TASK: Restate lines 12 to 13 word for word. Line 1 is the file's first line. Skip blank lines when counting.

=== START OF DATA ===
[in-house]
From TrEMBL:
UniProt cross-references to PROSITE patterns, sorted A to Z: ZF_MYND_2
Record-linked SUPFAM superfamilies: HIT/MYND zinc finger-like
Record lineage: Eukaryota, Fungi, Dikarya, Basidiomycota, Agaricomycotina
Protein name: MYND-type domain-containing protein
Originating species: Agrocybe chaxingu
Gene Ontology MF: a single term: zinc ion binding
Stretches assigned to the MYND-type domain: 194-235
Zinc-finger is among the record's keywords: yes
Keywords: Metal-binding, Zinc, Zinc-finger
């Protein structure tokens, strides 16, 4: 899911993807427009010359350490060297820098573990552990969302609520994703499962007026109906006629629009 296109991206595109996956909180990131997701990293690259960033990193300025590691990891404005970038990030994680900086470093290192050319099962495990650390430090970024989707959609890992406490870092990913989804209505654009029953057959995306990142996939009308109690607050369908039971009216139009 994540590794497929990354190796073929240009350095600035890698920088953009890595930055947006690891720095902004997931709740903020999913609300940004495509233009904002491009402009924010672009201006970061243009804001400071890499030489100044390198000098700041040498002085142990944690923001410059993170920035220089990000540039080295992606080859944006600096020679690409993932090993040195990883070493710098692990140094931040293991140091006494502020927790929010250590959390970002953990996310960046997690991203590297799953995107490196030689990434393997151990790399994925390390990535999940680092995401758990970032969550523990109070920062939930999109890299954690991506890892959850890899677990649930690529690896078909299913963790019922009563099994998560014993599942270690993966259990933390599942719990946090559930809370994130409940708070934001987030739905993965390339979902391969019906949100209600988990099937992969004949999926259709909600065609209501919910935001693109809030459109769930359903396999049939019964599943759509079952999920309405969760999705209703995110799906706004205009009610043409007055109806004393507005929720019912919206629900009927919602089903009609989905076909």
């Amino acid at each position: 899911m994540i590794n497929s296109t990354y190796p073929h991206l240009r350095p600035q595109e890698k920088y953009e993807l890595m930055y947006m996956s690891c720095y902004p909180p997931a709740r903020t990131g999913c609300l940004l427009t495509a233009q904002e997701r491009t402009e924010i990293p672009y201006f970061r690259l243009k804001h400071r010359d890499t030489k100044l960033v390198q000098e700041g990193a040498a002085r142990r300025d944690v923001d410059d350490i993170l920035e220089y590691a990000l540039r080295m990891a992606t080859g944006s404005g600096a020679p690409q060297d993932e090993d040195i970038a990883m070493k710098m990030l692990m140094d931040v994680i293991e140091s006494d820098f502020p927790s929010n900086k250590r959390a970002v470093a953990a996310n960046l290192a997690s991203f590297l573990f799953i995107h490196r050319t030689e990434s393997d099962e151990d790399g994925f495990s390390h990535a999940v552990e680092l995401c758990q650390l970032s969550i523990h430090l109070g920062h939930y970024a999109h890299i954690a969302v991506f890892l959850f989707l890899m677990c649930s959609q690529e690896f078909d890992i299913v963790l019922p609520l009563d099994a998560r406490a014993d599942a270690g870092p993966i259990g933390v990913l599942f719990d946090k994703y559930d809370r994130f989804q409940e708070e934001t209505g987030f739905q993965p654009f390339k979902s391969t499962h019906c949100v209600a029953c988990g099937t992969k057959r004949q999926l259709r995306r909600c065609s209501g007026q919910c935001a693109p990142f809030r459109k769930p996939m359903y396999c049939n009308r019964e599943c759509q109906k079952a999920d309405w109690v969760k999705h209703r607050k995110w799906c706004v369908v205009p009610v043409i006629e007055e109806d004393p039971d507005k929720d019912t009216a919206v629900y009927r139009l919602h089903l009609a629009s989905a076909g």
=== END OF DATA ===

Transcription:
């Protein structure tokens, strides 16, 4: 899911993807427009010359350490060297820098573990552990969302609520994703499962007026109906006629629009 296109991206595109996956909180990131997701990293690259960033990193300025590691990891404005970038990030994680900086470093290192050319099962495990650390430090970024989707959609890992406490870092990913989804209505654009029953057959995306990142996939009308109690607050369908039971009216139009 994540590794497929990354190796073929240009350095600035890698920088953009890595930055947006690891720095902004997931709740903020999913609300940004495509233009904002491009402009924010672009201006970061243009804001400071890499030489100044390198000098700041040498002085142990944690923001410059993170920035220089990000540039080295992606080859944006600096020679690409993932090993040195990883070493710098692990140094931040293991140091006494502020927790929010250590959390970002953990996310960046997690991203590297799953995107490196030689990434393997151990790399994925390390990535999940680092995401758990970032969550523990109070920062939930999109890299954690991506890892959850890899677990649930690529690896078909299913963790019922009563099994998560014993599942270690993966259990933390599942719990946090559930809370994130409940708070934001987030739905993965390339979902391969019906949100209600988990099937992969004949999926259709909600065609209501919910935001693109809030459109769930359903396999049939019964599943759509079952999920309405969760999705209703995110799906706004205009009610043409007055109806004393507005929720019912919206629900009927919602089903009609989905076909």
């Amino acid at each position: 899911m994540i590794n497929s296109t990354y190796p073929h991206l240009r350095p600035q595109e890698k920088y953009e993807l890595m930055y947006m996956s690891c720095y902004p909180p997931a709740r903020t990131g999913c609300l940004l427009t495509a233009q904002e997701r491009t402009e924010i990293p672009y201006f970061r690259l243009k804001h400071r010359d890499t030489k100044l960033v390198q000098e700041g990193a040498a002085r142990r300025d944690v923001d410059d350490i993170l920035e220089y590691a990000l540039r080295m990891a992606t080859g944006s404005g600096a020679p690409q060297d993932e090993d040195i970038a990883m070493k710098m990030l692990m140094d931040v994680i293991e140091s006494d820098f502020p927790s929010n900086k250590r959390a970002v470093a953990a996310n960046l290192a997690s991203f590297l573990f799953i995107h490196r050319t030689e990434s393997d099962e151990d790399g994925f495990s390390h990535a999940v552990e680092l995401c758990q650390l970032s969550i523990h430090l109070g920062h939930y970024a999109h890299i954690a969302v991506f890892l959850f989707l890899m677990c649930s959609q690529e690896f078909d890992i299913v963790l019922p609520l009563d099994a998560r406490a014993d599942a270690g870092p993966i259990g933390v990913l599942f719990d946090k994703y559930d809370r994130f989804q409940e708070e934001t209505g987030f739905q993965p654009f390339k979902s391969t499962h019906c949100v209600a029953c988990g099937t992969k057959r004949q999926l259709r995306r909600c065609s209501g007026q919910c935001a693109p990142f809030r459109k769930p996939m359903y396999c049939n009308r019964e599943c759509q109906k079952a999920d309405w109690v969760k999705h209703r607050k995110w799906c706004v369908v205009p009610v043409i006629e007055e109806d004393p039971d507005k929720d019912t009216a919206v629900y009927r139009l919602h089903l009609a629009s989905a076909g």